THEN we headed back to the campground. It was only 11pm when we got there and the sky was still perfectly clear and beautiful! We sat around a campfire, chatted about all kinds of stuff. I met a ton of amazing people and a few seemed surprised to hear that anyone had come from Madison which amused me because Madison is only an hour away! Delevan is nearly the half way point between Madison and Chicago if you take a direct route. Also my blog came up a few times and it turns out that a few people had actually seen it (which is part of why I will be updating more often in the near future).
Also, my status as a transman came up pretty soon after we got back (it's not like I hide it) and Dr. Gay told a very funny story about her first interaction with a transman. It was totally appropriate and polite, but quite funny and made me like her even more.
Then we all sat around the fire eating some munchies and drinking mulled wine (although I was not drinking due to having to drive home soon) and chatting about astronomy and skepticism. We talked about the geocentrists for awhile, and about women in sciences and how they differ from men and differ from other women. Another very cool astronomy teacher there named Matt (didn't catch his last name sorry!) showed some of us how to make starfinders with a kit he'd brought and I made mine (yay arts and crafts!) and I'm sure I'll get tons of use out of it since I lost my last one at Twisted Tryst in June. Dr. Gay also showed us how to use them properly, which will help me a lot because I was doing it wrong with my last one! Also around the first while the more experienced astronomy folks and Dr. Gay and Matt showed us some neat new stuff on the sky we saw a nice bright meteor which just sort of seemed to top off the awesome night for me.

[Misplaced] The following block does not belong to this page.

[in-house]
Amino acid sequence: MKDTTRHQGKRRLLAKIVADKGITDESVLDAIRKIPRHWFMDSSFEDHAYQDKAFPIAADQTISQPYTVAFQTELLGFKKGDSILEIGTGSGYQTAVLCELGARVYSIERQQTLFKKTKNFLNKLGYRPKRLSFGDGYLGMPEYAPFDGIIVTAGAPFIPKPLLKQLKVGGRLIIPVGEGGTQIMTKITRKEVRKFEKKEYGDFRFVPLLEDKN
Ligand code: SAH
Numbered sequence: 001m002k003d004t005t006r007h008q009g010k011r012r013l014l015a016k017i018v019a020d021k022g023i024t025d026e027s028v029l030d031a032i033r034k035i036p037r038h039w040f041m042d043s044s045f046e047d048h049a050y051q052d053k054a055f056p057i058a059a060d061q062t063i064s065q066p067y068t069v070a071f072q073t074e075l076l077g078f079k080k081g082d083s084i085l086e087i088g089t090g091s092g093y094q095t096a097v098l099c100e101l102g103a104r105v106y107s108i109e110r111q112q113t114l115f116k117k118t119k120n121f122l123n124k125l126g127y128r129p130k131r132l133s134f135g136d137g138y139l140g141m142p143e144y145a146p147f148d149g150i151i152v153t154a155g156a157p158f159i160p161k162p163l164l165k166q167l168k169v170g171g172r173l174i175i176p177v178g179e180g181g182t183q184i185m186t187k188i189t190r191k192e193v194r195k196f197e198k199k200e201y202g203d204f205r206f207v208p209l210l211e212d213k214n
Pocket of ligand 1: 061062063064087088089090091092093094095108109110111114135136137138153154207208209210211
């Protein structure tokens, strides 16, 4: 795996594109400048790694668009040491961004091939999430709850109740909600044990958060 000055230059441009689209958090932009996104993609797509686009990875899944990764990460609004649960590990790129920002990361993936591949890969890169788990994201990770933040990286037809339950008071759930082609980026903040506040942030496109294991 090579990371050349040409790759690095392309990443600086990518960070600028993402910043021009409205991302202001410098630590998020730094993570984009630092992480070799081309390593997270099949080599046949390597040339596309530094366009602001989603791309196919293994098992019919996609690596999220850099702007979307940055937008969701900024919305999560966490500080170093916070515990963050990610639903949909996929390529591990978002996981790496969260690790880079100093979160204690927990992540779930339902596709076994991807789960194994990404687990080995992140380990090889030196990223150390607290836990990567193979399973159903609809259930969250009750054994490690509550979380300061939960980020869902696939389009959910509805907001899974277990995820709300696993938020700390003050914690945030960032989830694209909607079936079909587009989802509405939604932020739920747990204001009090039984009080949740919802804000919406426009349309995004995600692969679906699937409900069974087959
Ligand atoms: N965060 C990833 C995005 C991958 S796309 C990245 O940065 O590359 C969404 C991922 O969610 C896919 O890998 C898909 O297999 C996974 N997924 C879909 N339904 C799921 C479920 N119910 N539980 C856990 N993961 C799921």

We sat around the fire until Orion had risen pretty high in the sky, talking, and learning to how spot new objects. At 2 am I started saying my goodbyes to very cool fokls, and thanked the event organizers for welcoming me and thanked Dr. Gay and Matt for being fantastic teachers. Finally, I turned my phone back on, set my GPS, and headed home. I let Peter's dogs out and changed over my laundry, and crashed into my bed at just before 4am.
I skipped a night of play and sex with a new sweet guy for a star party. And I don't regret it one bit. He's a nice boy and I think he'll be coming back, but my opportunity for this party was a one time thing and I'm REALLY glad I did it.